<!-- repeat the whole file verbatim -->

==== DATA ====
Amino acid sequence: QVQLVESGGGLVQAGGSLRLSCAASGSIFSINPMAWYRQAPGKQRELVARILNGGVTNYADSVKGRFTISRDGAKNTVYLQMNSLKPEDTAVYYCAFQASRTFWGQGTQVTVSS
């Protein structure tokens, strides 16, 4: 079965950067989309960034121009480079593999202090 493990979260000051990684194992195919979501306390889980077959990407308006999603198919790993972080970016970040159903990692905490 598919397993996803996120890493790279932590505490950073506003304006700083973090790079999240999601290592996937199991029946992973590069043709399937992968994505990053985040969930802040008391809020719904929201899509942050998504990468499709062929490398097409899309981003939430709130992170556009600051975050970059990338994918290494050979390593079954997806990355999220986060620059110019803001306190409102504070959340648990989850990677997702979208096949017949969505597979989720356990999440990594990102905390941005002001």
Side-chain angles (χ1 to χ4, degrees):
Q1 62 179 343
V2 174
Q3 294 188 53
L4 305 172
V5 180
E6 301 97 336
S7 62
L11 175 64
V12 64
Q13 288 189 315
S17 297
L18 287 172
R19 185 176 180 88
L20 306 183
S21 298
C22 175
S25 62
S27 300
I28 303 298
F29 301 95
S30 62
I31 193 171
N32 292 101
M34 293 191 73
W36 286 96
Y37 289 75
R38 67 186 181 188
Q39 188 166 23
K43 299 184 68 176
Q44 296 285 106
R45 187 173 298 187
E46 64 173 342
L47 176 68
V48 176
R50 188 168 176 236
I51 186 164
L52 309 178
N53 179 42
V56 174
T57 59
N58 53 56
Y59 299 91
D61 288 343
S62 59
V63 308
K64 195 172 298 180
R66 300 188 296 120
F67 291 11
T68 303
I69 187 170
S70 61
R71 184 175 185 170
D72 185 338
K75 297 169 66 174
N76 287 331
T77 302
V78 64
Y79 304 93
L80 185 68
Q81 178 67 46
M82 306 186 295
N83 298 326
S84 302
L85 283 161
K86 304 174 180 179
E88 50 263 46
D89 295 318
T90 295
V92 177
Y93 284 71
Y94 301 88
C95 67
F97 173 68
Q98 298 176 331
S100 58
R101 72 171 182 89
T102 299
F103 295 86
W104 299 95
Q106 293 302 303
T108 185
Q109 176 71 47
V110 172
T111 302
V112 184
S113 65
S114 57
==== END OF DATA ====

Amino acid sequence: QVQLVESGGGLVQAGGSLRLSCAASGSIFSINPMAWYRQAPGKQRELVARILNGGVTNYADSVKGRFTISRDGAKNTVYLQMNSLKPEDTAVYYCAFQASRTFWGQGTQVTVSS
């Protein structure tokens, strides 16, 4: 079965950067989309960034121009480079593999202090 493990979260000051990684194992195919979501306390889980077959990407308006999603198919790993972080970016970040159903990692905490 598919397993996803996120890493790279932590505490950073506003304006700083973090790079999240999601290592996937199991029946992973590069043709399937992968994505990053985040969930802040008391809020719904929201899509942050998504990468499709062929490398097409899309981003939430709130992170556009600051975050970059990338994918290494050979390593079954997806990355999220986060620059110019803001306190409102504070959340648990989850990677997702979208096949017949969505597979989720356990999440990594990102905390941005002001």
Side-chain angles (χ1 to χ4, degrees):
Q1 62 179 343
V2 174
Q3 294 188 53
L4 305 172
V5 180
E6 301 97 336
S7 62
L11 175 64
V12 64
Q13 288 189 315
S17 297
L18 287 172
R19 185 176 180 88
L20 306 183
S21 298
C22 175
S25 62
S27 300
I28 303 298
F29 301 95
S30 62
I31 193 171
N32 292 101
M34 293 191 73
W36 286 96
Y37 289 75
R38 67 186 181 188
Q39 188 166 23
K43 299 184 68 176
Q44 296 285 106
R45 187 173 298 187
E46 64 173 342
L47 176 68
V48 176
R50 188 168 176 236
I51 186 164
L52 309 178
N53 179 42
V56 174
T57 59
N58 53 56
Y59 299 91
D61 288 343
S62 59
V63 308
K64 195 172 298 180
R66 300 188 296 120
F67 291 11
T68 303
I69 187 170
S70 61
R71 184 175 185 170
D72 185 338
K75 297 169 66 174
N76 287 331
T77 302
V78 64
Y79 304 93
L80 185 68
Q81 178 67 46
M82 306 186 295
N83 298 326
S84 302
L85 283 161
K86 304 174 180 179
E88 50 263 46
D89 295 318
T90 295
V92 177
Y93 284 71
Y94 301 88
C95 67
F97 173 68
Q98 298 176 331
S100 58
R101 72 171 182 89
T102 299
F103 295 86
W104 299 95
Q106 293 302 303
T108 185
Q109 176 71 47
V110 172
T111 302
V112 184
S113 65
S114 57